West Cork’s high milk prices have helped the region dominate the NDC & Kerrygold Quality Milk Awards, announced this week.
The success of Carbery, the international manufacturer of value-added ingredients, flavours and cheese, has resulted consistently in the country’s highest milk prices being paid to suppliers to the four West Cork co-ops which jointly own Carbery — Bandon, Barryroe, Drinagh, and Lisavaird.
Suppliers like Kieran and Catherine O’Sullivan, from Dunmanus, Goleen, Co Cork, have put the higher West Cork milk earnings to good use.
The modern facilities on the farm of these Drinagh Co-op suppliers have helped them win the overall national milk quality prize of €5,000 and the coveted NDC & Kerrygold perpetual cup.
Kieran and Catherine are the fifth generation of the family to farm at Dunmanus, close to Mizen Head.
They run a 107-hectare dairy farm with their 18 year-old son,
Cathal. Kieran’s parents, Donal and Mary, also live on the farm.
They milked 124 cows in 2014, increasing to 136 in 2015, based on using 65 hectares for grazing and with an 18-unit milking parlour.
The average herd yield is 4,717 litres (TBC 6, SCC 71, butterfat 3.92%, protein 3.48%, lactose 4.82%).
Runners-up in the national awards are Denis, Siobhan, Barry and Jane O’Mahony from Shanakiel, Kilbrittain, Bandon, Co Cork, another fifth generation family farm.
They supply milk to Barryroe Co-op.
“Our location gives us a great ability to produce a rich, nutritious product from our grazed grass and our cows are amazing, productive animals which efficiently convert that grass into something so special,” says Barry.
“We are blessed with a productive, fertile herd of pedigree registered Holstein Friesians. We love to admire our different cow families.”
The farm is 90 hectares, with 41 hectares for grazing the 220 cows, about 70 of which calve between September and November.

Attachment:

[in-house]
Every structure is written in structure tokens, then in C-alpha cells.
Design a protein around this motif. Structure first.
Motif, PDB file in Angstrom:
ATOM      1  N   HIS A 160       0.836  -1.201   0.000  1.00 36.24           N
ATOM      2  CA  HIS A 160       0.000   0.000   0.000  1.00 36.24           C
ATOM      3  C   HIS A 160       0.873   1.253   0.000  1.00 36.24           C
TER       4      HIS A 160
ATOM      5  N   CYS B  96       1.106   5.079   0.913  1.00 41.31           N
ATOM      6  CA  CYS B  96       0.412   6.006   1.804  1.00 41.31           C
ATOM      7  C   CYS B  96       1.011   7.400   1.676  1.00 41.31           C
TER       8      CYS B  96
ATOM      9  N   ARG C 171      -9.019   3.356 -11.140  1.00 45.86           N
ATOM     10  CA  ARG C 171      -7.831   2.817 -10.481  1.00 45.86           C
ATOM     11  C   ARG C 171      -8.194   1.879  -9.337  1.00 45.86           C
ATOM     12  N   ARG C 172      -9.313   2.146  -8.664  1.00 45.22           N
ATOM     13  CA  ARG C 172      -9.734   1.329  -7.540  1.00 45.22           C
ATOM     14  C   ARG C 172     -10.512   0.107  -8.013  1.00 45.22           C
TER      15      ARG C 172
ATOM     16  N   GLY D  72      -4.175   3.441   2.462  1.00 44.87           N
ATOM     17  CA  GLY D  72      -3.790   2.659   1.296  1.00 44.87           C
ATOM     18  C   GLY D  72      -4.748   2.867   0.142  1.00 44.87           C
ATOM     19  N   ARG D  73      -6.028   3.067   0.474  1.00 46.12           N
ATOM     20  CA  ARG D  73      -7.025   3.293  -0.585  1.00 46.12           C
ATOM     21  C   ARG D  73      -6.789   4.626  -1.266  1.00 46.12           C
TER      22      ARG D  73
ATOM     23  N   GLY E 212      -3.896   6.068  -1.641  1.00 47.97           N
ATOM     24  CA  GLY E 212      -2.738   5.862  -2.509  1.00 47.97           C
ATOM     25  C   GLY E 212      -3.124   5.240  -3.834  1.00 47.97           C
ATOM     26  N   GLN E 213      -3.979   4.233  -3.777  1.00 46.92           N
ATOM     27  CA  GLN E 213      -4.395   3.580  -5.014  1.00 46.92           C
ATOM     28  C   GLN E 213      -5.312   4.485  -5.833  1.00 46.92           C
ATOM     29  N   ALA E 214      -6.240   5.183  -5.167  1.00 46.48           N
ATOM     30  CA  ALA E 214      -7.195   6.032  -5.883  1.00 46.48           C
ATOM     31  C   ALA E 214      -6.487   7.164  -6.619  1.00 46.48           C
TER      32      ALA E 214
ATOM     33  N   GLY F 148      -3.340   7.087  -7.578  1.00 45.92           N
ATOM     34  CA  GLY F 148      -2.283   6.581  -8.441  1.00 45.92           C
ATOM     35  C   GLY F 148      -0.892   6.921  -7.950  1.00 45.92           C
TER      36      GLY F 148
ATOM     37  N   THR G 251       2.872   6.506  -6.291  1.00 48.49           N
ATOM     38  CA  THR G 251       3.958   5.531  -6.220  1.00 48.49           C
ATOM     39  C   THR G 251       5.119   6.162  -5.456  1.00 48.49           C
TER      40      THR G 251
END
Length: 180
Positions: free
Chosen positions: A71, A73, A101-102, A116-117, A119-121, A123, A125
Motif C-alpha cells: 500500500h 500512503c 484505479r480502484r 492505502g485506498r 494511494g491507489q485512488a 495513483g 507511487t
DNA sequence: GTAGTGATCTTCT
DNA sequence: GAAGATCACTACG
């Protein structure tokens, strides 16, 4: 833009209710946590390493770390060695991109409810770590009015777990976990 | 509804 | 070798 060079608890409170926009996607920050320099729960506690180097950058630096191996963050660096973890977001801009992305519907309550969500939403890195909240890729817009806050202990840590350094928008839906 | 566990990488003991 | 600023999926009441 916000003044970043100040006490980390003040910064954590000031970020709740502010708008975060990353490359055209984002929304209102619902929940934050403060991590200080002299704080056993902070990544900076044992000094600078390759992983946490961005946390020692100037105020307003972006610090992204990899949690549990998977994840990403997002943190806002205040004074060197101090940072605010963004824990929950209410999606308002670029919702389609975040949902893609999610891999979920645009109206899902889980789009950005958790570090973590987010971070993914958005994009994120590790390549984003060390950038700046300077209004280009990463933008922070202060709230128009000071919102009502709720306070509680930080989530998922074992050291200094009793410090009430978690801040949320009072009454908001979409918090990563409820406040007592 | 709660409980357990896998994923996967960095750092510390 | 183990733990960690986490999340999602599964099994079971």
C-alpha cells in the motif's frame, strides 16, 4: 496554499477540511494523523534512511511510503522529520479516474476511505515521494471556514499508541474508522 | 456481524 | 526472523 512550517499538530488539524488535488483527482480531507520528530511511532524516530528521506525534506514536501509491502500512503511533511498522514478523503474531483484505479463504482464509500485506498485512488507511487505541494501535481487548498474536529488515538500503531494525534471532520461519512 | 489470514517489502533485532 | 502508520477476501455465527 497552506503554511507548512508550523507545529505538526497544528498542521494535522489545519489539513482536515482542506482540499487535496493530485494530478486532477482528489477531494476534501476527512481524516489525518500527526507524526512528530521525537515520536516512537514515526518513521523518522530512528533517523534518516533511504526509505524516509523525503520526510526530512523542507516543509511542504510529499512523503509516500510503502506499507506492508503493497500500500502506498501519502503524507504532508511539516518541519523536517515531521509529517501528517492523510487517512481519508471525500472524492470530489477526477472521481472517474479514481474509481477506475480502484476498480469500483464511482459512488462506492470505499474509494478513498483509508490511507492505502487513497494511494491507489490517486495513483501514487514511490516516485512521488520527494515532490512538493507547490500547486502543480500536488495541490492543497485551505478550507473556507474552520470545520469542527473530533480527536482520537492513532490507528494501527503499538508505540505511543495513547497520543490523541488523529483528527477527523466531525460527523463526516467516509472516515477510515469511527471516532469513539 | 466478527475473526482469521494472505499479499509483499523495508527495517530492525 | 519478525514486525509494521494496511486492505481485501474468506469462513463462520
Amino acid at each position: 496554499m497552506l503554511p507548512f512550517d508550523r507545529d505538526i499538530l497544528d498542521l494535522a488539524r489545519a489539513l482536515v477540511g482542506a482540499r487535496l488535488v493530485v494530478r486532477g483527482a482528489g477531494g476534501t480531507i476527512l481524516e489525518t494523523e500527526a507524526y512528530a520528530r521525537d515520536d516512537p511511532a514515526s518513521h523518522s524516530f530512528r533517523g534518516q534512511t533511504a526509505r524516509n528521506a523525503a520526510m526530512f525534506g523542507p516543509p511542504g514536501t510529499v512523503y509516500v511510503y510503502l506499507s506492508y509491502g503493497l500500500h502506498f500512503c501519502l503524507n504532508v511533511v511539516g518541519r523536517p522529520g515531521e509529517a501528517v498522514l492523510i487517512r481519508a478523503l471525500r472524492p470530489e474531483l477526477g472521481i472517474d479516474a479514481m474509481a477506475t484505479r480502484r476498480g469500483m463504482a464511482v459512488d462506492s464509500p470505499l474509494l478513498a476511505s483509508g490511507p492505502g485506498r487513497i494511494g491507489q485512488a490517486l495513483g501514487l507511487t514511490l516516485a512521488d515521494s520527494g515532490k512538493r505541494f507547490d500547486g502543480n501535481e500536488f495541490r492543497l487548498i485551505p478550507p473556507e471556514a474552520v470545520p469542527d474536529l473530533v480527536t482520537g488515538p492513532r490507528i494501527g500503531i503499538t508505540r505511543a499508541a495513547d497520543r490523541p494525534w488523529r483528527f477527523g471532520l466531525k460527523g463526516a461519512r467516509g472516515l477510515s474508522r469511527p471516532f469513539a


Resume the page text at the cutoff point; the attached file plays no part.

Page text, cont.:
These environment conscious farmers have aerated slurry tanks to reduce odour when spreading, and they plan to install solar heating.
The average yield is 6,574 litres (TBC 11, SCC 123, butterfat 4.13%, protein 3.44%, lactose 4.77%).
Lisavaird Co-op supplier James Kingston, Maulnageragh, Clonakilty, Co Cork won a national category award for milk protein.
He milks 70 cows on 47.5 hectares, 26.5 hectares for grazing (average yield 6,866 litres, TBC 6, SCC 95, butterfat 4.27%, protein 3.63%, lactose 4.8%).
Other category winners are John and Ann Fitzgerald (lowest TBC/most hygienic milk), Gobbinstown House, New Ross, Co Wexford, supplying Glanbia Ingredients Ireland); John and Margaret Greene (lowest SCC/best udder health), Greenville, Callan, Co Kilkenny (supplying Callan Co-op); and John and Colette Fox (attention to detail), Ballinacregg, Oranmore, Co. Galway (supplying Arrabawn Co-op).
The other finalists were Dan and Valerie Dennehy, Clonmoyle, Aghabullogue, Co. Cork (Dairygold Co-op); Gerard and Marie Killoran, Carrowloughlin, Bunninadden, Ballymote, Co Sligo (Aurivo Co-op); Florence and Caitriona McCarthy, Banna East, Ardfert, Co Kerry (Lee Strand Co-op); Michael and Mary Ita McCarthy, Kilmurray, Feenagh, Kilmallock, Co Limerick (Kerry Agribusiness); Owen and Rosaleen O’Brien, Cashelbeg, Enniskeane, Co Cork (Bandon Co-op); Thomas and Marie Ryan, Kylemakill, Moyne, Thurles, Co Tipperary (Centenary Thurles Co-op); and Ivor Smyth, Poles, Co Cavan (Lakeland Dairies).
“The 13 shortlisted dairy farms were put through an intensive scrutiny involving rigorous analysis of milk quality reports and technical data spanning a full 12-month period and including an inspection of their farms by the judges, which allowed us to get insights into the farm’s practices around areas such as milking routine, animal welfare and sustainability,” said Professor Pat Wall from UCD, on behalf of the judging panel.
All 13 finalists are registered with the SDAS (the Bord Bia Sustainable Dairy Assurance Scheme).
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